[hil-bil-ee]Often Disparaging and Offensive.

noun, plural hill·bil·lies.

a term used to refer to a person from a backwoods or other remote area, especially from the mountains of the southern U.S. (sometimes used facetiously).


of, like, or relating to hillbillies: hillbilly humor.

Origin of hillbilly

An Americanism dating back to 1895–1900; hill + Billy

Usage note

Hillbilly is often used with disparaging intent and perceived as insulting, implying that a person who lives far away from a town or city lacks culture or education. However, this term is also used in a humorous way without intent to offend, and it is sometimes a positive term of self-reference.
Dictionary.com Unabridged Based on the Random House Unabridged Dictionary, © Random House, Inc. 2019

Related Words for hillbilly

bumpkin, rube, clodhopper, boor, rustic, yokel, hick

Examples from the Web for hillbilly

Contemporary Examples of hillbilly

Historical Examples of hillbilly

  • Obviously a hillbilly, he carried a carbine as though it were a part of him.

    Trading Jeff and his Dog

    James Arthur Kjelgaard

  • Why should he assume a hillbilly family from way out in Oregon was any different?

    The House from Nowhere

    Arthur G. Stangland

  • We got a whole platoon to shoot out and I want to see that hillbilly do the same thing in the standing position.


    Rick Raphael

  • The radio in the car was yangling with hillbilly songs, the only thing you can pick up in Ohio, but I didn't care.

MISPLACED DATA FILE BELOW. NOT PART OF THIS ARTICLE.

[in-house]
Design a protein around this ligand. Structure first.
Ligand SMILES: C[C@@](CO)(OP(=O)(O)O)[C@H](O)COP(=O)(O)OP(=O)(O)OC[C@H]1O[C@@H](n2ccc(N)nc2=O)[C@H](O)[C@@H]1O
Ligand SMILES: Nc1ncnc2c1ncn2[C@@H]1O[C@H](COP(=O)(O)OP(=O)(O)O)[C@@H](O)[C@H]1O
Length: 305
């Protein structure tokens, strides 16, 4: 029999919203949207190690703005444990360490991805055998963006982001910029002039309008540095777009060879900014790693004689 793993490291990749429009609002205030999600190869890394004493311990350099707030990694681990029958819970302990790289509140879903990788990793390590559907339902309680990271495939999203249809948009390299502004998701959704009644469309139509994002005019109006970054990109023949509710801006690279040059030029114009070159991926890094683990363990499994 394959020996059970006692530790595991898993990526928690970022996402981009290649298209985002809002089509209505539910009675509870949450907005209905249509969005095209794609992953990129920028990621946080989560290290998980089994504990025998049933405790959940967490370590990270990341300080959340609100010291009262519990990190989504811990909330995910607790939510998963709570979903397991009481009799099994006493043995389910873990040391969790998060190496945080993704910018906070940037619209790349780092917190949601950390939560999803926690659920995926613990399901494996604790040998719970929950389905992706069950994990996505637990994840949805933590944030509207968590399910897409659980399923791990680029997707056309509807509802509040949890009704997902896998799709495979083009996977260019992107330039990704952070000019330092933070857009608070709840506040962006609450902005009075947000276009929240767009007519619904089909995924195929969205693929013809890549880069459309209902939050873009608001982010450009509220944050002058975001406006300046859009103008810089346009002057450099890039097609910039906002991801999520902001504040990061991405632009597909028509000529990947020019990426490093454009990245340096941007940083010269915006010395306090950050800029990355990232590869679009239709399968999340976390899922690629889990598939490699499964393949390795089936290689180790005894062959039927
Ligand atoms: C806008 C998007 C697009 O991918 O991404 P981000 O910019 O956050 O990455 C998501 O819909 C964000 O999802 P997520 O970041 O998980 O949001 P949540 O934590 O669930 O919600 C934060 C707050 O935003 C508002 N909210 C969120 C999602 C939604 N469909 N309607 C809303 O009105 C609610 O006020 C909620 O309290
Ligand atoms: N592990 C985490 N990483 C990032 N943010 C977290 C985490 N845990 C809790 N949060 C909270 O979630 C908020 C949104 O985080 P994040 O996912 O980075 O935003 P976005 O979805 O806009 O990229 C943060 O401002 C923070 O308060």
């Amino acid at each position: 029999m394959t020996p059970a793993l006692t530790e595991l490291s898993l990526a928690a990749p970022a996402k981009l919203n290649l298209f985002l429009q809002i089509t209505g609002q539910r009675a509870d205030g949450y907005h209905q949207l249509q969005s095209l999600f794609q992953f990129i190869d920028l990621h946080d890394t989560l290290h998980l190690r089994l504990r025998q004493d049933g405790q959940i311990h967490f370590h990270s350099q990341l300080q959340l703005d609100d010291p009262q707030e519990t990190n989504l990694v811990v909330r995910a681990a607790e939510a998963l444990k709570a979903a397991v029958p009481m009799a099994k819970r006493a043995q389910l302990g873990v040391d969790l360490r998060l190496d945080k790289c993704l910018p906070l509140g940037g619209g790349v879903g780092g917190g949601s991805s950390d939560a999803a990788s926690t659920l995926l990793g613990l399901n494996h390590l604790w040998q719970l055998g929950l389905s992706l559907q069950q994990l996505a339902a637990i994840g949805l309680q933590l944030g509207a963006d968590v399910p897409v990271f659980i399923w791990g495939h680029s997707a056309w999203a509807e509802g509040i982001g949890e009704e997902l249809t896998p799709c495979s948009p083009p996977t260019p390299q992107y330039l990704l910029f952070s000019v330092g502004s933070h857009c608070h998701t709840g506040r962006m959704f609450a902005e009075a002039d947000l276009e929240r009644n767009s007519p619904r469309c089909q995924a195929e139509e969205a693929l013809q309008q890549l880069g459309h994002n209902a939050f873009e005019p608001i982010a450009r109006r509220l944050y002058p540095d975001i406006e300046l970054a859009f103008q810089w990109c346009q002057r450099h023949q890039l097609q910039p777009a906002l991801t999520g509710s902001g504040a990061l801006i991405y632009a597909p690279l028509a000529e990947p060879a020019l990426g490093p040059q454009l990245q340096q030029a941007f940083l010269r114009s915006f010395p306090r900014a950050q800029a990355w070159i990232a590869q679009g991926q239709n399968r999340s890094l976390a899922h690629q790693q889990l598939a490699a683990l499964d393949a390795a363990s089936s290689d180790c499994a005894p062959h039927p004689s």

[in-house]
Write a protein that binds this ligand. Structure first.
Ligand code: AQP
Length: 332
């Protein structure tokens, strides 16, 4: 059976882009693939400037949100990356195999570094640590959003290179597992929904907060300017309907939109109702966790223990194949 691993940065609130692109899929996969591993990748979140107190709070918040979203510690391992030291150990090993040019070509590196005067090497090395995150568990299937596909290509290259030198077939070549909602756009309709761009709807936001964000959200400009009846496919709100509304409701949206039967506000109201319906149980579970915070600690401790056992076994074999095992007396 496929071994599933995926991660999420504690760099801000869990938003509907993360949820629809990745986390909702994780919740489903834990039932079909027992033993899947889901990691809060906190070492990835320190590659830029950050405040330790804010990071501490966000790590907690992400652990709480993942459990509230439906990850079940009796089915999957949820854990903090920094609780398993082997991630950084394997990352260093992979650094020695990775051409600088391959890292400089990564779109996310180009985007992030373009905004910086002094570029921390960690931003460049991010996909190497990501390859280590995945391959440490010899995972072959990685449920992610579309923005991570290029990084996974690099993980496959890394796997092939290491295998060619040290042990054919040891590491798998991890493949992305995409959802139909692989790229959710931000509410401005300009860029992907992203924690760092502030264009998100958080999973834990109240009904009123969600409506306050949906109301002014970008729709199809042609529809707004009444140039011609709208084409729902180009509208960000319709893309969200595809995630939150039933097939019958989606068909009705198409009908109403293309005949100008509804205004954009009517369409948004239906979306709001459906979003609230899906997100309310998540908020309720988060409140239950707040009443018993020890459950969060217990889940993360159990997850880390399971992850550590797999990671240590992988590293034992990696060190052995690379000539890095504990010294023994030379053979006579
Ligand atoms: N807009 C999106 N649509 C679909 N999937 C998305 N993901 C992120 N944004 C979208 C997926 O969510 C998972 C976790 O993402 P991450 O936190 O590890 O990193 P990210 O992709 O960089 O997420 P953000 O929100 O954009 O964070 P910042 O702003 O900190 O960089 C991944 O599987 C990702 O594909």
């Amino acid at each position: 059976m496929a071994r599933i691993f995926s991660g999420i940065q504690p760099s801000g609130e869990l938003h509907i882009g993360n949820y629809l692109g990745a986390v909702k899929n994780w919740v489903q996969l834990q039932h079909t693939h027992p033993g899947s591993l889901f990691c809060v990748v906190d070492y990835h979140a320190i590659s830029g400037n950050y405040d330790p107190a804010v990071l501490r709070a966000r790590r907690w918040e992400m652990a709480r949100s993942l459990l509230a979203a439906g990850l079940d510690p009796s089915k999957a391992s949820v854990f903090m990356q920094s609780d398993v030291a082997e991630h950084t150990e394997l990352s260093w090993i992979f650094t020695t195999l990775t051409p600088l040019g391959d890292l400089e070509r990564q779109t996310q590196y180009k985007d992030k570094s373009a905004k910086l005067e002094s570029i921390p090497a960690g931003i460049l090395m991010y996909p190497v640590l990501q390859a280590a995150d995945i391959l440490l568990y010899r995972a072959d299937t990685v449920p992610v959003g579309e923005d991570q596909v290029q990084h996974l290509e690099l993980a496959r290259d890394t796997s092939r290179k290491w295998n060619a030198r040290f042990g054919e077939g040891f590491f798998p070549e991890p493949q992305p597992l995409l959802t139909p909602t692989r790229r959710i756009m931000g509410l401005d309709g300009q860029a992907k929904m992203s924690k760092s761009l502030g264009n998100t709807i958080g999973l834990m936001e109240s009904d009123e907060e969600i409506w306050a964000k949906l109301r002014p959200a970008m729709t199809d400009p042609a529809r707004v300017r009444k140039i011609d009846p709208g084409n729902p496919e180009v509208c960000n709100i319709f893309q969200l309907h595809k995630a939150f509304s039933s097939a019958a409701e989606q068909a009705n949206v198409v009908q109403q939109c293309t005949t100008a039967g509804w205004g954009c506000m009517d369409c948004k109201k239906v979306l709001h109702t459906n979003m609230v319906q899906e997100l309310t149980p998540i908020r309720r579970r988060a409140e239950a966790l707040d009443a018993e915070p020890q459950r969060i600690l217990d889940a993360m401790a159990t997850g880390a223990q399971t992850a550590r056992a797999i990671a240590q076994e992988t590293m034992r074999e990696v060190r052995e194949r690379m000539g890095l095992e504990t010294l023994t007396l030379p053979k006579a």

Highways in Hiding

    George Oliver Smith

  • Nobody had any money except the hillbilly and he went home for the three days and really lived it up.

British Dictionary definitions for hillbilly


noun plural -lies

usually derogatory an unsophisticated person, esp from the mountainous areas in the southeastern US
another name for country and western

Word Origin for hillbilly

C20: from hill + Billy (the nickname)
Collins English Dictionary - Complete & Unabridged 2012 Digital Edition © William Collins Sons & Co. Ltd. 1979, 1986 © HarperCollins Publishers 1998, 2000, 2003, 2005, 2006, 2007, 2009, 2012

Word Origin and History for hillbilly

"southern Appalachian U.S. resident," by 1892, from hill + masc. proper name Billy/Billie.

Then again, I do not think It will do so well. I would hate to see some old railroad man come here and take my job, and then, I don t think It is right to hire some Hill Billy and give him the same right as I just because he was hired the same time I was. ["The Railroad Trainmen's Journal," vol. IX, July 1892]

In short, a Hill-Billie is a free and untrammelled white citizen of Alabama, who lives in the hills, has no means to speak of, dresses as he can, talks as he pleases, drinks whiskey when he gets it, and fires of his revolver as the fancy takes him. ["New York Journal," April 23, 1900]

In reference to a type of folk music, first attested 1924.

Online Etymology Dictionary, © 2010 Douglas Harper